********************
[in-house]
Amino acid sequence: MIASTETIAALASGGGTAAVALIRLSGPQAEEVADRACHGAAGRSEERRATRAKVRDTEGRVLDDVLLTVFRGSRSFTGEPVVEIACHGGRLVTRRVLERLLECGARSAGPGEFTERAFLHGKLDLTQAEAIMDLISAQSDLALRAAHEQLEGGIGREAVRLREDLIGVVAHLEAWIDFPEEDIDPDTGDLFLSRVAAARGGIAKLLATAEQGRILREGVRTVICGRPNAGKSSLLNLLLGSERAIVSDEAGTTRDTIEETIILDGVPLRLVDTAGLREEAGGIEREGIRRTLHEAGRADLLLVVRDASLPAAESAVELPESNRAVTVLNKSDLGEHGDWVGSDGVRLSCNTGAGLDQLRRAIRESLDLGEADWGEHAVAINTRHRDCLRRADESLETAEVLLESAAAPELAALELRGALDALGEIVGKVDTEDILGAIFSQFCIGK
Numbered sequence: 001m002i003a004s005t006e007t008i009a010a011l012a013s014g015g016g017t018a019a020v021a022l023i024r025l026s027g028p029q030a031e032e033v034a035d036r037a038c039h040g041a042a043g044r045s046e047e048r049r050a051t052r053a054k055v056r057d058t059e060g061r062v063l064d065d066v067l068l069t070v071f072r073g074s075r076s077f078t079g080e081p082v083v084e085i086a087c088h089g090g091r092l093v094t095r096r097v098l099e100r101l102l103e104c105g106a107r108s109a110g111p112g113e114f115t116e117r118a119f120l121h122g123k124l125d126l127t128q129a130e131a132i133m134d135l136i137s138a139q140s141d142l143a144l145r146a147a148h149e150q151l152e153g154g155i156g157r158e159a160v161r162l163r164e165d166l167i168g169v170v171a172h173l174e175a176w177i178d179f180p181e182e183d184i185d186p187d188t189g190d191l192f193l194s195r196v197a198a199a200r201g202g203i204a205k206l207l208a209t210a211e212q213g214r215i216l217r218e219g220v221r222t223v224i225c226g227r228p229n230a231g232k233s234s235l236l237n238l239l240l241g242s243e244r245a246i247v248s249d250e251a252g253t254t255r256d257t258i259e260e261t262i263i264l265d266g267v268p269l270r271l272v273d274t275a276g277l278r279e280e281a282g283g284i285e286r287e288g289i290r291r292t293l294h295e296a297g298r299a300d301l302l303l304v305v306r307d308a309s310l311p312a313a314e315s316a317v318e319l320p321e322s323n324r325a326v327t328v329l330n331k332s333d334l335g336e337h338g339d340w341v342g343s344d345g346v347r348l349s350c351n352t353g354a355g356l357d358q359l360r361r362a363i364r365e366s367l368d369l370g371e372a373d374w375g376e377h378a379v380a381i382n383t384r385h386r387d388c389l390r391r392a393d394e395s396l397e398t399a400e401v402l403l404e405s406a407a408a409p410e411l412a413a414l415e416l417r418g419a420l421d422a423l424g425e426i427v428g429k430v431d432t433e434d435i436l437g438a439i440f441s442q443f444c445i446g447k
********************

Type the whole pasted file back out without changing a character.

[in-house]
Amino acid sequence: MIASTETIAALASGGGTAAVALIRLSGPQAEEVADRACHGAAGRSEERRATRAKVRDTEGRVLDDVLLTVFRGSRSFTGEPVVEIACHGGRLVTRRVLERLLECGARSAGPGEFTERAFLHGKLDLTQAEAIMDLISAQSDLALRAAHEQLEGGIGREAVRLREDLIGVVAHLEAWIDFPEEDIDPDTGDLFLSRVAAARGGIAKLLATAEQGRILREGVRTVICGRPNAGKSSLLNLLLGSERAIVSDEAGTTRDTIEETIILDGVPLRLVDTAGLREEAGGIEREGIRRTLHEAGRADLLLVVRDASLPAAESAVELPESNRAVTVLNKSDLGEHGDWVGSDGVRLSCNTGAGLDQLRRAIRESLDLGEADWGEHAVAINTRHRDCLRRADESLETAEVLLESAAAPELAALELRGALDALGEIVGKVDTEDILGAIFSQFCIGK
Numbered sequence: 001m002i003a004s005t006e007t008i009a010a011l012a013s014g015g016g017t018a019a020v021a022l023i024r025l026s027g028p029q030a031e032e033v034a035d036r037a038c039h040g041a042a043g044r045s046e047e048r049r050a051t052r053a054k055v056r057d058t059e060g061r062v063l064d065d066v067l068l069t070v071f072r073g074s075r076s077f078t079g080e081p082v083v084e085i086a087c088h089g090g091r092l093v094t095r096r097v098l099e100r101l102l103e104c105g106a107r108s109a110g111p112g113e114f115t116e117r118a119f120l121h122g123k124l125d126l127t128q129a130e131a132i133m134d135l136i137s138a139q140s141d142l143a144l145r146a147a148h149e150q151l152e153g154g155i156g157r158e159a160v161r162l163r164e165d166l167i168g169v170v171a172h173l174e175a176w177i178d179f180p181e182e183d184i185d186p187d188t189g190d191l192f193l194s195r196v197a198a199a200r201g202g203i204a205k206l207l208a209t210a211e212q213g214r215i216l217r218e219g220v221r222t223v224i225c226g227r228p229n230a231g232k233s234s235l236l237n238l239l240l241g242s243e244r245a246i247v248s249d250e251a252g253t254t255r256d257t258i259e260e261t262i263i264l265d266g267v268p269l270r271l272v273d274t275a276g277l278r279e280e281a282g283g284i285e286r287e288g289i290r291r292t293l294h295e296a297g298r299a300d301l302l303l304v305v306r307d308a309s310l311p312a313a314e315s316a317v318e319l320p321e322s323n324r325a326v327t328v329l330n331k332s333d334l335g336e337h338g339d340w341v342g343s344d345g346v347r348l349s350c351n352t353g354a355g356l357d358q359l360r361r362a363i364r365e366s367l368d369l370g371e372a373d374w375g376e377h378a379v380a381i382n383t384r385h386r387d388c389l390r391r392a393d394e395s396l397e398t399a400e401v402l403l404e405s406a407a408a409p410e411l412a413a414l415e416l417r418g419a420l421d422a423l424g425e426i427v428g429k430v431d432t433e434d435i436l437g438a439i440f441s442q443f444c445i446g447k